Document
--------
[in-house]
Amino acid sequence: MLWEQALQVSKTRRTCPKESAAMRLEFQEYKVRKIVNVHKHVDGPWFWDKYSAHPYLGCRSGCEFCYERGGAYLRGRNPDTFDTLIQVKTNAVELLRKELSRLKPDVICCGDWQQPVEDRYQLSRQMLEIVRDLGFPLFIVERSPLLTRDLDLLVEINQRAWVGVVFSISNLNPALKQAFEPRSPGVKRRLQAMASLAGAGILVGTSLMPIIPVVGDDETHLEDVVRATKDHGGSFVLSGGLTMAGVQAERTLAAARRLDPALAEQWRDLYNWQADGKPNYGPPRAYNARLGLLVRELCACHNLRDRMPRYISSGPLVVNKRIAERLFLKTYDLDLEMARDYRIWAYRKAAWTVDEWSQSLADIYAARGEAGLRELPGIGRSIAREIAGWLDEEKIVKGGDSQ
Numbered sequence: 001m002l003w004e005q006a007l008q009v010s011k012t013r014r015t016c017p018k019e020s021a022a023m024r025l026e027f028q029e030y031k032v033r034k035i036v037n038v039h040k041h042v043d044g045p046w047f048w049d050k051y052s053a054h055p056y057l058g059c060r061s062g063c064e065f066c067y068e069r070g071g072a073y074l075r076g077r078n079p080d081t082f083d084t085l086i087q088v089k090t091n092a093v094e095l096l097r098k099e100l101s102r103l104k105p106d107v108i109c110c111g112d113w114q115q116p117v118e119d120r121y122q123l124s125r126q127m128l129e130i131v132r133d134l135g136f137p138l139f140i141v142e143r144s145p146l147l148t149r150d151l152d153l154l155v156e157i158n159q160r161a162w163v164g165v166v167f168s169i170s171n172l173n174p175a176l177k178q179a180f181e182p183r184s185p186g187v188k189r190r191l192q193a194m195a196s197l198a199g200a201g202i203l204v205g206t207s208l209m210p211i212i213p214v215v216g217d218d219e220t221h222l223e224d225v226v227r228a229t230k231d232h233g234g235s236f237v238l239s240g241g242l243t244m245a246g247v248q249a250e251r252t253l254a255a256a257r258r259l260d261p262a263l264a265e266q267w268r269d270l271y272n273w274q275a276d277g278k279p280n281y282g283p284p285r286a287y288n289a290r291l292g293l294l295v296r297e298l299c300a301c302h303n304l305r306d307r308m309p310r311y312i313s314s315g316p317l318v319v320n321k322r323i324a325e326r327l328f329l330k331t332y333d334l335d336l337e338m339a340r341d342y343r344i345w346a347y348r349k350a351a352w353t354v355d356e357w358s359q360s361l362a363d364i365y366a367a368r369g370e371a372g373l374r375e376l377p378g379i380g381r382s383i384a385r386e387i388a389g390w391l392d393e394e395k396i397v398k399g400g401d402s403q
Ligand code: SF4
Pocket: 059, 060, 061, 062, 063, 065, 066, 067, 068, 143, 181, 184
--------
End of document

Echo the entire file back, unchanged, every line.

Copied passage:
[in-house]
Amino acid sequence: MLWEQALQVSKTRRTCPKESAAMRLEFQEYKVRKIVNVHKHVDGPWFWDKYSAHPYLGCRSGCEFCYERGGAYLRGRNPDTFDTLIQVKTNAVELLRKELSRLKPDVICCGDWQQPVEDRYQLSRQMLEIVRDLGFPLFIVERSPLLTRDLDLLVEINQRAWVGVVFSISNLNPALKQAFEPRSPGVKRRLQAMASLAGAGILVGTSLMPIIPVVGDDETHLEDVVRATKDHGGSFVLSGGLTMAGVQAERTLAAARRLDPALAEQWRDLYNWQADGKPNYGPPRAYNARLGLLVRELCACHNLRDRMPRYISSGPLVVNKRIAERLFLKTYDLDLEMARDYRIWAYRKAAWTVDEWSQSLADIYAARGEAGLRELPGIGRSIAREIAGWLDEEKIVKGGDSQ
Numbered sequence: 001m002l003w004e005q006a007l008q009v010s011k012t013r014r015t016c017p018k019e020s021a022a023m024r025l026e027f028q029e030y031k032v033r034k035i036v037n038v039h040k041h042v043d044g045p046w047f048w049d050k051y052s053a054h055p056y057l058g059c060r061s062g063c064e065f066c067y068e069r070g071g072a073y074l075r076g077r078n079p080d081t082f083d084t085l086i087q088v089k090t091n092a093v094e095l096l097r098k099e100l101s102r103l104k105p106d107v108i109c110c111g112d113w114q115q116p117v118e119d120r121y122q123l124s125r126q127m128l129e130i131v132r133d134l135g136f137p138l139f140i141v142e143r144s145p146l147l148t149r150d151l152d153l154l155v156e157i158n159q160r161a162w163v164g165v166v167f168s169i170s171n172l173n174p175a176l177k178q179a180f181e182p183r184s185p186g187v188k189r190r191l192q193a194m195a196s197l198a199g200a201g202i203l204v205g206t207s208l209m210p211i212i213p214v215v216g217d218d219e220t221h222l223e224d225v226v227r228a229t230k231d232h233g234g235s236f237v238l239s240g241g242l243t244m245a246g247v248q249a250e251r252t253l254a255a256a257r258r259l260d261p262a263l264a265e266q267w268r269d270l271y272n273w274q275a276d277g278k279p280n281y282g283p284p285r286a287y288n289a290r291l292g293l294l295v296r297e298l299c300a301c302h303n304l305r306d307r308m309p310r311y312i313s314s315g316p317l318v319v320n321k322r323i324a325e326r327l328f329l330k331t332y333d334l335d336l337e338m339a340r341d342y343r344i345w346a347y348r349k350a351a352w353t354v355d356e357w358s359q360s361l362a363d364i365y366a367a368r369g370e371a372g373l374r375e376l377p378g379i380g381r382s383i384a385r386e387i388a389g390w391l392d393e394e395k396i397v398k399g400g401d402s403q
Ligand code: SF4
Pocket: 059, 060, 061, 062, 063, 065, 066, 067, 068, 143, 181, 184